Fundamentals of the Solaris Boot Design
The Solaris boot design, for both the SPARC and x86 platforms, includes the
Use of a boot archive
The boot archive is a ramdisk image that contains all of the files that are required for booting a system. When you install the Solaris OS, two boot archives are created, one primary archive and one failsafe archive. For more information, see Implementation of the Boot Archives on Solaris SPARC.
The bootadm command has also been modified for use on the SPARC platform. This command functions the same way that it does on the Solaris x86 platform. The bootadm command handles the details of archive update and verification automatically. During an installation or system upgrade, the bootadm command creates the initial boot archive. During the process of a normal system shutdown, the shutdown process checks the boot archive contents against the root file system. If there are any inconsistencies, the system rebuilds the boot archive to ensure that on reboot, the boot archive and root (/) file system are synchronized. You can also use the bootadm command to manually update the boot archives. See Using the bootadm Command to Manage the Boot Archives.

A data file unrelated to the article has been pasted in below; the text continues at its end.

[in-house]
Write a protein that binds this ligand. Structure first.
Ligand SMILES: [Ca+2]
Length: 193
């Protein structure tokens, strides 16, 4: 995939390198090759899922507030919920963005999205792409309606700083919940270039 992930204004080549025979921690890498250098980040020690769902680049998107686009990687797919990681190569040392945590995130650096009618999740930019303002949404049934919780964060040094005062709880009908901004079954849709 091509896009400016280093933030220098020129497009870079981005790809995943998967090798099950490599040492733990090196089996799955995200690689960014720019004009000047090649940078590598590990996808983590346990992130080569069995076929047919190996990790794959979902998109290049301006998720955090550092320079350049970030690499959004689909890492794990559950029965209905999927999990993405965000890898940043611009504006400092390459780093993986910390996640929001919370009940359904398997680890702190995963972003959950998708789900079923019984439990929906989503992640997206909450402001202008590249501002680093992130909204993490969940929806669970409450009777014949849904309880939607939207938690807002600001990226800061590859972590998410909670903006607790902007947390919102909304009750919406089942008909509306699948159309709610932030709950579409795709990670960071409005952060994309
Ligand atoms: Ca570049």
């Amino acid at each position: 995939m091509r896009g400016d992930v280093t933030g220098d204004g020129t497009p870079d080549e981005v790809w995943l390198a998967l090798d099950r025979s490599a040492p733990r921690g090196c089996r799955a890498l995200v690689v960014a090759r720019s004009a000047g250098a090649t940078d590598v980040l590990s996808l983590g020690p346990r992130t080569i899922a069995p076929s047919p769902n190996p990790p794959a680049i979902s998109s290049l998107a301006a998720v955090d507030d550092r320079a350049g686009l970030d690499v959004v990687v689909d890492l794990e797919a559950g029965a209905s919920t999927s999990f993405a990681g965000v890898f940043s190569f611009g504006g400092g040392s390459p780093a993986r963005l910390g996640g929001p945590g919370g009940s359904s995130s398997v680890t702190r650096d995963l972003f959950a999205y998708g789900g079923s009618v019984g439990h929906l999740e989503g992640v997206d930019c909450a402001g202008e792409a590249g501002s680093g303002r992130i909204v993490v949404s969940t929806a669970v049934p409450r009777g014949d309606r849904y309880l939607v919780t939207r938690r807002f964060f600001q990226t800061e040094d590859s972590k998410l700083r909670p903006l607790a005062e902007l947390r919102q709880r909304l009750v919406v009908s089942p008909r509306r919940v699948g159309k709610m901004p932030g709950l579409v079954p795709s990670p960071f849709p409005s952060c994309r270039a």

Note - Some options of the bootadm command cannot be used on SPARC based systems.
For more information, see the bootadm(1M) and boot(1M) man pages.
Use of a ramdisk image as the root file system during installation and failsafe operations
This process is now the same on the Solaris SPARC and Solaris x86 platforms. The ramdisk image is derived from the boot archive and is then transferred to the system from the boot device.
Note - On the SPARC platform, the OpenBootTM PROM continues to be used to access the boot device and to transfer the boot archive to the system's memory. Conversely, on the x86 platform, the system is initially controlled by the BIOS. The BIOS is used to initiate a transfer of the boot archive from a network device or to run a boot loader. In the Solaris OS, the x86 boot loader that is used to transfer the boot archive from disk is GRUB. See x86: Boot Processes.
In the case of a software installation, the ramdisk image is the root file system that is used for the entire installation process. Using the ramdisk image for this purpose eliminates the need to boot the system from removable media. The ramdisk file system type can be either a High Sierra File System (HSFS) or UFS.